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How do I drop the jargon?

Use plain language

1. Swap jargon for plain language.

For example: Swap ‘facilitate’ for ‘help’. Here’s a useful resource to help.

2. Use the active voice, identifying who is doing the action.

For example: Change ‘The prescription can be picked up by you at the pharmacy’ to ‘You can pick up the prescription at the pharmacy’.

3. Use ‘you’ and ‘we’ to talk directly to the person you’re speaking to.

The person is ‘you’. The health service or government agency is ‘we’. This will help engage your audiences.

4. Keep your sentences short.

5. Avoid clichés.

For example: ‘give me a hand’

6. Explain any jargon you need to use.

If there is no plain language alternative, use jargon but explain the term the first time you use it.

7. Avoid abbreviations and acronyms.

And if you do use them, explain what they are and spell them out.

More resources here.

Have plain language descriptions of confusing terms at your fingertips

Use plain language dictionaries to help you convert jargon into language that is easy to understand.

Some examples:
Easy English Resources of health Translations
Accessible Information – Easy English and Plain Language
PlainMed app
Plain Language Medical Dictionary
Plain language legal glossary

Check understanding

To check if a person understands, ask them to explain or demonstrate what you said. If the person doesn’t explain it correctly or misses vital points, re-teach the information. This isn’t a test of the consumer’s knowledge; it’s a test of how well you’ve communicated.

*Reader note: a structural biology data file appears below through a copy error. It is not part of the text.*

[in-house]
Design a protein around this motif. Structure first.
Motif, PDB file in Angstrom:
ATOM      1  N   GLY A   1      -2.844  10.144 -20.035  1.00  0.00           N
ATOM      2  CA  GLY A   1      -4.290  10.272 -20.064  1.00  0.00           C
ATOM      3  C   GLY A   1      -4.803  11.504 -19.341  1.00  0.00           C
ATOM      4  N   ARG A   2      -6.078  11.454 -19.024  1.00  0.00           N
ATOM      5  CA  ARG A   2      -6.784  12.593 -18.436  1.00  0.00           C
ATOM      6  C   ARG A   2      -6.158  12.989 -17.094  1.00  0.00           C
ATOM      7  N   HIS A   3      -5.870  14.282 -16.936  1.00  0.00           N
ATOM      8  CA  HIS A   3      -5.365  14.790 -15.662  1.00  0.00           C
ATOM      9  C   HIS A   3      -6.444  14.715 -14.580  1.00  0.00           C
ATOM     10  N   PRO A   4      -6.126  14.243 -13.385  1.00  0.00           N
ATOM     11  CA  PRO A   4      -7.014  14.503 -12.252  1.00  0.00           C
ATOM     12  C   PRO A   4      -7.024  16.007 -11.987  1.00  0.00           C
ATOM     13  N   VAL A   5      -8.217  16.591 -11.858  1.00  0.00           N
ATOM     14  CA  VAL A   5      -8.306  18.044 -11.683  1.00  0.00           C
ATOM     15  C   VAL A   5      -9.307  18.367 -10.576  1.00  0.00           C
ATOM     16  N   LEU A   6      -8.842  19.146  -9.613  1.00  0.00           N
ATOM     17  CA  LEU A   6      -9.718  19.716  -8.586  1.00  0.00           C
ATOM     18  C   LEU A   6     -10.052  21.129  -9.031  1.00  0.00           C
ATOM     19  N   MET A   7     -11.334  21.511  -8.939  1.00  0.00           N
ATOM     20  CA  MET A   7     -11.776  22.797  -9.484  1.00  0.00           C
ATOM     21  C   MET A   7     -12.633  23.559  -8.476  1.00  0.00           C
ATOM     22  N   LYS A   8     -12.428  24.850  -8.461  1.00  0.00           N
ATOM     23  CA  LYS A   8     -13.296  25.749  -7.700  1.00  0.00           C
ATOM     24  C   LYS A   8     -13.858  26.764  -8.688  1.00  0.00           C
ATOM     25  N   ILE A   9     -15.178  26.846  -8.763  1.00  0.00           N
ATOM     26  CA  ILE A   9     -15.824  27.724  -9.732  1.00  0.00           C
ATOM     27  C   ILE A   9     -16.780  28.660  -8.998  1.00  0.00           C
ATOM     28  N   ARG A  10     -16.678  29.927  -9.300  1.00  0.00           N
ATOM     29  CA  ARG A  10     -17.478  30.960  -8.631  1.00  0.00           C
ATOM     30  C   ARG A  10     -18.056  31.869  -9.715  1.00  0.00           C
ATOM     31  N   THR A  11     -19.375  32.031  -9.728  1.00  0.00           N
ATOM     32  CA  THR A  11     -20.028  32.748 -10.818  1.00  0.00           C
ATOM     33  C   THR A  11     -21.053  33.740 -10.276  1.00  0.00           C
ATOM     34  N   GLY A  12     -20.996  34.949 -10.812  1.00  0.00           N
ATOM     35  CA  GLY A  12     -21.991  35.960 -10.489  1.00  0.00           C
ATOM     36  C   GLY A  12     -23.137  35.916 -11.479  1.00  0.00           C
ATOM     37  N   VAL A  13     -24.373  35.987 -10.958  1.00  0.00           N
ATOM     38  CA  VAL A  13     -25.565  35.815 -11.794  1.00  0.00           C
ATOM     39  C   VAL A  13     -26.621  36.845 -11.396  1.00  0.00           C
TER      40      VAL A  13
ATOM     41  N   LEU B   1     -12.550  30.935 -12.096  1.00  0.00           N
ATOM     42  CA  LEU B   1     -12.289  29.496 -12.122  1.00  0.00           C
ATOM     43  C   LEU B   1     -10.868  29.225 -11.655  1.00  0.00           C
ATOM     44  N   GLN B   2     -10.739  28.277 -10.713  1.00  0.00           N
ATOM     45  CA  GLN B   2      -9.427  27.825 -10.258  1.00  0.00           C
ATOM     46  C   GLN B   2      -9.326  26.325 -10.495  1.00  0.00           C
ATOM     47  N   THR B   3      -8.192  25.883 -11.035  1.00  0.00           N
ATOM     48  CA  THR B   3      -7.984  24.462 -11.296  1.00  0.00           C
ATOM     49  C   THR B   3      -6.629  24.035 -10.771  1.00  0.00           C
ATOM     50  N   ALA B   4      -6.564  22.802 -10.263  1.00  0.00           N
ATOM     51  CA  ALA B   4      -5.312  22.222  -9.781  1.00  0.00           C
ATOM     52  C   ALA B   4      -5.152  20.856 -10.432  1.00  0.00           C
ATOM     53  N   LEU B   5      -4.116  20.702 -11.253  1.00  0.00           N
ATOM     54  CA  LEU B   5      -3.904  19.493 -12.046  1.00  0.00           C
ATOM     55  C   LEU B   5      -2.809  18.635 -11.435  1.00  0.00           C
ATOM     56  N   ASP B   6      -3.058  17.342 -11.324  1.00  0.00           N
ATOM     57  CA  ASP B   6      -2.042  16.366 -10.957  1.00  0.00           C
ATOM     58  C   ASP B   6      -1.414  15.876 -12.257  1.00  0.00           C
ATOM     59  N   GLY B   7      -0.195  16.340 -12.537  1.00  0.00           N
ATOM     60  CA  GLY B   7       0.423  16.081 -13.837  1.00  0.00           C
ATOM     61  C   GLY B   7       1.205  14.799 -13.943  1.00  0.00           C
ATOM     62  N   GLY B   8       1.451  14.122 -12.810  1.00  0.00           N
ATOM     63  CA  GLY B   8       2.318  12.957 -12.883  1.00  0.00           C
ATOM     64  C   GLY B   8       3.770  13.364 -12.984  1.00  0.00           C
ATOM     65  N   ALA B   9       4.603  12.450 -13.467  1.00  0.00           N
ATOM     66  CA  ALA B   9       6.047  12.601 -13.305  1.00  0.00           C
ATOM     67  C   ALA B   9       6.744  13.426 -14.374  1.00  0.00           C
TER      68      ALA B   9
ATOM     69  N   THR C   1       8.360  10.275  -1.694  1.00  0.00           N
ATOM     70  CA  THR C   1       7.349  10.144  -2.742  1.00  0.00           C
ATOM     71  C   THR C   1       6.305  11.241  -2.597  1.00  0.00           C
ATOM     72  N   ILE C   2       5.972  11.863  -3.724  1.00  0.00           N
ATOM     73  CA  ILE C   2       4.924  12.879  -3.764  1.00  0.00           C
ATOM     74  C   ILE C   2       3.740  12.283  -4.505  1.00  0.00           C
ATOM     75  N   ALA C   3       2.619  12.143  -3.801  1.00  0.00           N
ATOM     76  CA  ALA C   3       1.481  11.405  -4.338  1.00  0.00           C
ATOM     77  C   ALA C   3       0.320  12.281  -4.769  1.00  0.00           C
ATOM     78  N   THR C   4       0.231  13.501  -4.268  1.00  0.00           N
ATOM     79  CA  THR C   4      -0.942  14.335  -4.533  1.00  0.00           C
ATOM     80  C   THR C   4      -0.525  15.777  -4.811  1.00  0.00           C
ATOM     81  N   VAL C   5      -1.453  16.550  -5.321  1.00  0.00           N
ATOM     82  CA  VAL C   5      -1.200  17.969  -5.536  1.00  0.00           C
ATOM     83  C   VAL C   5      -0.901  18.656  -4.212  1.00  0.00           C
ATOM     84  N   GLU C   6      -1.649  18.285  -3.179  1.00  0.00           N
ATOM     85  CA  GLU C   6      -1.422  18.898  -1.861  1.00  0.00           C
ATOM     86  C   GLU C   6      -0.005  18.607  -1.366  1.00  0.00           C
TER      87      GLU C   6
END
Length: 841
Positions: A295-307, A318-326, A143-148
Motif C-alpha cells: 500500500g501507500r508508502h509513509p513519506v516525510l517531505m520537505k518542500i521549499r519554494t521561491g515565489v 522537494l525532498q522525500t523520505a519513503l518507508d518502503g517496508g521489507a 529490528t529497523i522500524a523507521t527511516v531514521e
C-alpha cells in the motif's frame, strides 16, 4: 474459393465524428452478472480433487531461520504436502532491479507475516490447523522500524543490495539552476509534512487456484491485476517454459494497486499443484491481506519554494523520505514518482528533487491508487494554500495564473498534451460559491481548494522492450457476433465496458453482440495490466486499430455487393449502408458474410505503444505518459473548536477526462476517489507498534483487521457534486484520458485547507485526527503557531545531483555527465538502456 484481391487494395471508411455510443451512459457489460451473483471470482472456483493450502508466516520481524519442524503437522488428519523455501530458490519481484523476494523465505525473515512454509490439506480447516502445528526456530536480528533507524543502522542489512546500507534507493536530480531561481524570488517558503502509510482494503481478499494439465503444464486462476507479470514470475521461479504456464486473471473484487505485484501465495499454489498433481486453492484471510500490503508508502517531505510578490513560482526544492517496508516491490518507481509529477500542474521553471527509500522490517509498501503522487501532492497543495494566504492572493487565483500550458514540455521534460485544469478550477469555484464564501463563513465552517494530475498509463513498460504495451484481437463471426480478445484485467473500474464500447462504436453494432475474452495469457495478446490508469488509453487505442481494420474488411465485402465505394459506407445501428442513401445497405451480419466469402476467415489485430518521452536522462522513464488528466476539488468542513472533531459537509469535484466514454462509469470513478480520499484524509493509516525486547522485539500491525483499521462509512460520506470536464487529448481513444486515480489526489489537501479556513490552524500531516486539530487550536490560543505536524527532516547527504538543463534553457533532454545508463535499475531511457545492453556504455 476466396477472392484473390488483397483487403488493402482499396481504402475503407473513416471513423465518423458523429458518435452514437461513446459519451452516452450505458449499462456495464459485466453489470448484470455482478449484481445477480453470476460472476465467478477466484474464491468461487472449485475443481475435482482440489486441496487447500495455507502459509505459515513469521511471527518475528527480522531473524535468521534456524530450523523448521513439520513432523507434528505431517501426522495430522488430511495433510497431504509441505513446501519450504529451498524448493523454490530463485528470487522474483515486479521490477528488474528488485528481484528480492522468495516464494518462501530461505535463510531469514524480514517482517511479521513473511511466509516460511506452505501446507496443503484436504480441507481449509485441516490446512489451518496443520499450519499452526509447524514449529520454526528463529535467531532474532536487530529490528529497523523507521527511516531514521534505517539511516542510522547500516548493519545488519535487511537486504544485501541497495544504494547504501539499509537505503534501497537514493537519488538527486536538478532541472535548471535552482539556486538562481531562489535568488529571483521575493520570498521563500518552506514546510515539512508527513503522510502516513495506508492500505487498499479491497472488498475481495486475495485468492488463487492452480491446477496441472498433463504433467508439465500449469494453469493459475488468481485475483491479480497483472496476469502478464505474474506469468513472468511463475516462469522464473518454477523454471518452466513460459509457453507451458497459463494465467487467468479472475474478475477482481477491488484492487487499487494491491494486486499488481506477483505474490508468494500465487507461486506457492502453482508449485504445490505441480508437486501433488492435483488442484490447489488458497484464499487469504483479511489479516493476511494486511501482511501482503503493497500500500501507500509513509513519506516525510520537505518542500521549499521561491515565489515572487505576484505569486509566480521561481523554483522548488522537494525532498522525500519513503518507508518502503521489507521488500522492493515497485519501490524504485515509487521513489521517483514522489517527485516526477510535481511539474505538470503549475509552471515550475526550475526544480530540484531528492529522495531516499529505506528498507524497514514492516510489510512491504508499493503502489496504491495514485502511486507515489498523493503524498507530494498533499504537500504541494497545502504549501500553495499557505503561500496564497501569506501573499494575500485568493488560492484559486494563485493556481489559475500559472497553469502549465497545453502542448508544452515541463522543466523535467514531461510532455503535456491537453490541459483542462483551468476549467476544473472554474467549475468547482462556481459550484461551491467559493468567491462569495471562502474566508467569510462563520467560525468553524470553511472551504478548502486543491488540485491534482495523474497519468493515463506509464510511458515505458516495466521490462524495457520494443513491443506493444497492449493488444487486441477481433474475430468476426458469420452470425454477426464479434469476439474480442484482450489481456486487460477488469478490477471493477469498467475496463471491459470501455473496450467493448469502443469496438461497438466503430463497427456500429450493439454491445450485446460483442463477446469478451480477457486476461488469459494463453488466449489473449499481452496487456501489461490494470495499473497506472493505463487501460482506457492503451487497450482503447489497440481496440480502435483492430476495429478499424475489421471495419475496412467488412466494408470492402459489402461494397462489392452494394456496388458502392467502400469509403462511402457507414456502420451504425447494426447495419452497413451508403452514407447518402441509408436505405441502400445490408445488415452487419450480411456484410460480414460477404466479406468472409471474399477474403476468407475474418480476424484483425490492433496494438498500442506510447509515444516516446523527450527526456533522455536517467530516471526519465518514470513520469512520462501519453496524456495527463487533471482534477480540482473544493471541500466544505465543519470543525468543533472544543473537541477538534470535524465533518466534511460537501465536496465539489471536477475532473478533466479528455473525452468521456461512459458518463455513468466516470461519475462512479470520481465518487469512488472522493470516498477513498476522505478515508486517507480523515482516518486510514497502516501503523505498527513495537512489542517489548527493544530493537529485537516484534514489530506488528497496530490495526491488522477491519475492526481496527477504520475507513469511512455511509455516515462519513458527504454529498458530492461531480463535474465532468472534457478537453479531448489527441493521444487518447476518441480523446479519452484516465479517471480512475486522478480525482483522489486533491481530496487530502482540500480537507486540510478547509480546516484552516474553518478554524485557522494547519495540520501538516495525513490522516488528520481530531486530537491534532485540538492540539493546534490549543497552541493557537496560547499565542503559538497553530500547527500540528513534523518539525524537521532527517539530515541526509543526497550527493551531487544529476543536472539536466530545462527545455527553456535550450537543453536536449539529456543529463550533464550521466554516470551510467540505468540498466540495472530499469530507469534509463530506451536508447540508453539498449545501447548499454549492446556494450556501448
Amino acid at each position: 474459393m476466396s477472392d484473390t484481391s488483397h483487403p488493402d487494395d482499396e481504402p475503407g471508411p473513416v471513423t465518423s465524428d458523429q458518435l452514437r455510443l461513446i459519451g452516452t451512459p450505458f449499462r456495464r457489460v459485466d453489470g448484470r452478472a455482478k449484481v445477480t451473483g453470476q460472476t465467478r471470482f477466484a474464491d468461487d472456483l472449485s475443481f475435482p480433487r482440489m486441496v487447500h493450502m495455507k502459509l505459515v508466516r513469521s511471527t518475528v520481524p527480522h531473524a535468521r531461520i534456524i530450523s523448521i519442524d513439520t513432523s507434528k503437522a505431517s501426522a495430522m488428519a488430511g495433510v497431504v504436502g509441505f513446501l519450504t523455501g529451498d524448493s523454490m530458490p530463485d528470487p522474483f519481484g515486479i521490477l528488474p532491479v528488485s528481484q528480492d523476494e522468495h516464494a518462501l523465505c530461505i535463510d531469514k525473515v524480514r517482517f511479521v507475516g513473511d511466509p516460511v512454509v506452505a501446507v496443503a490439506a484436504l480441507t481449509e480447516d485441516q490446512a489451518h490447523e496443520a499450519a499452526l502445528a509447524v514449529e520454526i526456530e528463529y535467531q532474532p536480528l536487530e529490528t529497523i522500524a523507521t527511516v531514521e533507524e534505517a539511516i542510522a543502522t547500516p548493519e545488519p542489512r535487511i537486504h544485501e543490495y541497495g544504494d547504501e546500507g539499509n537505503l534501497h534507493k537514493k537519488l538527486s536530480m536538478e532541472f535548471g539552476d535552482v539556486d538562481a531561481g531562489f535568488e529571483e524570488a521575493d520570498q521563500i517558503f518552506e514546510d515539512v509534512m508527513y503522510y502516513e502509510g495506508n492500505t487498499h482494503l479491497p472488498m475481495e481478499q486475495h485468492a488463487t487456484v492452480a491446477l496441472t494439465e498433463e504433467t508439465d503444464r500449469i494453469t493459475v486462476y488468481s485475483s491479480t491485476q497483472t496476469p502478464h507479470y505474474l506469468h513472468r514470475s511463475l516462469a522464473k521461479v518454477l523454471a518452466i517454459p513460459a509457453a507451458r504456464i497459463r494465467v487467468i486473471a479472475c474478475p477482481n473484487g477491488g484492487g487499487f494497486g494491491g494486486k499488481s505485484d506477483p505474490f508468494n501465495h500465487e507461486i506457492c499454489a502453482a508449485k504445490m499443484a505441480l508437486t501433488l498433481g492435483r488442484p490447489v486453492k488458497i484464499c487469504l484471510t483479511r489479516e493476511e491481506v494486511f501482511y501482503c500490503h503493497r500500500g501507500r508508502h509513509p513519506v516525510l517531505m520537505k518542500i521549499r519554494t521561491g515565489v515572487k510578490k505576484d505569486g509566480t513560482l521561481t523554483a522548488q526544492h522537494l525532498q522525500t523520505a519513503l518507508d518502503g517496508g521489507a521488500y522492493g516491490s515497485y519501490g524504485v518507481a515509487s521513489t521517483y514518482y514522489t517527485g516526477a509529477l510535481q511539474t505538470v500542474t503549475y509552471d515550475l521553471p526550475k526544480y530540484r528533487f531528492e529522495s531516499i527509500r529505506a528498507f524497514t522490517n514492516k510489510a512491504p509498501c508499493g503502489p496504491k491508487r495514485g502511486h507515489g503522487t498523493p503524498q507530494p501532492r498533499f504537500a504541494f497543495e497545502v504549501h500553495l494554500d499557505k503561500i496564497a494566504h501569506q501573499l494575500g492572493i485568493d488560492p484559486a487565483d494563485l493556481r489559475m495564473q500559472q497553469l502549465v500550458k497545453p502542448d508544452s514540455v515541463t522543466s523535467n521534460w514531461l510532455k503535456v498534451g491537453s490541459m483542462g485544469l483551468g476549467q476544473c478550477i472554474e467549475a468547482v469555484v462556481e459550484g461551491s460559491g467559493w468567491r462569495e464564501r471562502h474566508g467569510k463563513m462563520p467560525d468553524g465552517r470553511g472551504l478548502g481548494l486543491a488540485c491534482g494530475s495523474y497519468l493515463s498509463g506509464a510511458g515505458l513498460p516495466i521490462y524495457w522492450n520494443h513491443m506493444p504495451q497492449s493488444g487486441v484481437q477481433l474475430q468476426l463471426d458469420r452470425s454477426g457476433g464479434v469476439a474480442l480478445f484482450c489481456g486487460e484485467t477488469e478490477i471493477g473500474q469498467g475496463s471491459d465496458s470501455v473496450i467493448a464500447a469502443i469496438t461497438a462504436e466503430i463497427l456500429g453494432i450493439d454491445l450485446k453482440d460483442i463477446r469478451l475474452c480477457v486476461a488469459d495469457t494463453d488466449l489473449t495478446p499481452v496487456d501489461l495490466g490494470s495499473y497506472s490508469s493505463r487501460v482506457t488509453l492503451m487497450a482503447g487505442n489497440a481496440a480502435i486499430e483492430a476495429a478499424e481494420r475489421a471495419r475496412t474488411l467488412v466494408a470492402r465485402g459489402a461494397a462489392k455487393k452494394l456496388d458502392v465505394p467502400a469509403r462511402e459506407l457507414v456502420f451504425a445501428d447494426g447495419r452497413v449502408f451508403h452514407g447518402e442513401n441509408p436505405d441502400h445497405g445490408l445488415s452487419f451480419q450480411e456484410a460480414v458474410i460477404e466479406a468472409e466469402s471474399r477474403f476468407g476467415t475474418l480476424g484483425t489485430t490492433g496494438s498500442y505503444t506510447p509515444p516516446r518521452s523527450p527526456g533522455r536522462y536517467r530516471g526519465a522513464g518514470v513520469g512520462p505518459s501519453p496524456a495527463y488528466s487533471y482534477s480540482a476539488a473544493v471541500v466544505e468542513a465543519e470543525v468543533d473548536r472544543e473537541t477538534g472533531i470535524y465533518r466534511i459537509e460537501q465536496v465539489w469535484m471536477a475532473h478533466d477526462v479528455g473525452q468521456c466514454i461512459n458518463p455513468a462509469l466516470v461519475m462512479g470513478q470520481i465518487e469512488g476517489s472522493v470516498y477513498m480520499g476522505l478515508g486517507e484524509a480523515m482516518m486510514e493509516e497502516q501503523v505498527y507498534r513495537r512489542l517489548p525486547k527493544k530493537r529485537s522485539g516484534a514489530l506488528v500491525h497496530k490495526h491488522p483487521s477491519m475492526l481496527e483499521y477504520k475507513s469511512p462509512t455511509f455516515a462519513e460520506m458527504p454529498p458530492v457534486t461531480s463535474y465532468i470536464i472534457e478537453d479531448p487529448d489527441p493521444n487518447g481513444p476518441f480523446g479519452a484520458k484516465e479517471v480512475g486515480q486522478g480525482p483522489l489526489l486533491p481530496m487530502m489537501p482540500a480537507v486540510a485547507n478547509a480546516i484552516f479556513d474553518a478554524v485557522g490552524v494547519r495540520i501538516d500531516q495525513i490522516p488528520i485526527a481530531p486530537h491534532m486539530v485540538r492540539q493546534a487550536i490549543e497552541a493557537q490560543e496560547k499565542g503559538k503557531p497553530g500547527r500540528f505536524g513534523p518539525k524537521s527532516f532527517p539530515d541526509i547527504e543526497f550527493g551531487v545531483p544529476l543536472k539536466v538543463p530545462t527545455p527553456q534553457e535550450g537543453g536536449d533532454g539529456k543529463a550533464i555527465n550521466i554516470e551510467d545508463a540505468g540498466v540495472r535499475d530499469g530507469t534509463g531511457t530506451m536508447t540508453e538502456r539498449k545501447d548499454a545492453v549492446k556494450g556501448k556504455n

Try using the teach-back technique

Teach-back is one of the easiest ways to check you’ve succeeded in communicating. It involves:

1. Emphasising that it’s your responsibility to explain things clearly

2. Asking the consumer to explain in their own words the main points from what you’ve said.

Source: Tasmanian Department of Health and Human Services Communication and Health Literacy Toolkit.

Check out this video for an example –  Here’s a video that demonstrates the teach-back technique in a hepatitis B context.

Low English proficiency

When you are working with people with limited English proficiency, you should use interpreters and/or translations services.

Have a look at these language services information sheets produced by the Centre for Culture, Ethnicity & Health that explain how to access and use interpreters and translation services effectively.

Resources to promote and celebrate the day:

  1. Run a lunchtime quiz. Download Quiz (pdf)
  2. Put up posters at your workplace. Download Posters A4, A3, A2
  3. Share this video on your website, or via social media. Video to share
  4. Add a banner to your website or social media. Download banners: Large 1440 x 498px Smaller 997 x 345px

Use these images to promote clear communication on social media (purposefully created for Instagram, Facebook etc)

SQUARE IMAGES (1920 x 1080px)

LANDSCAPE IMAGES (1920 x 1080px)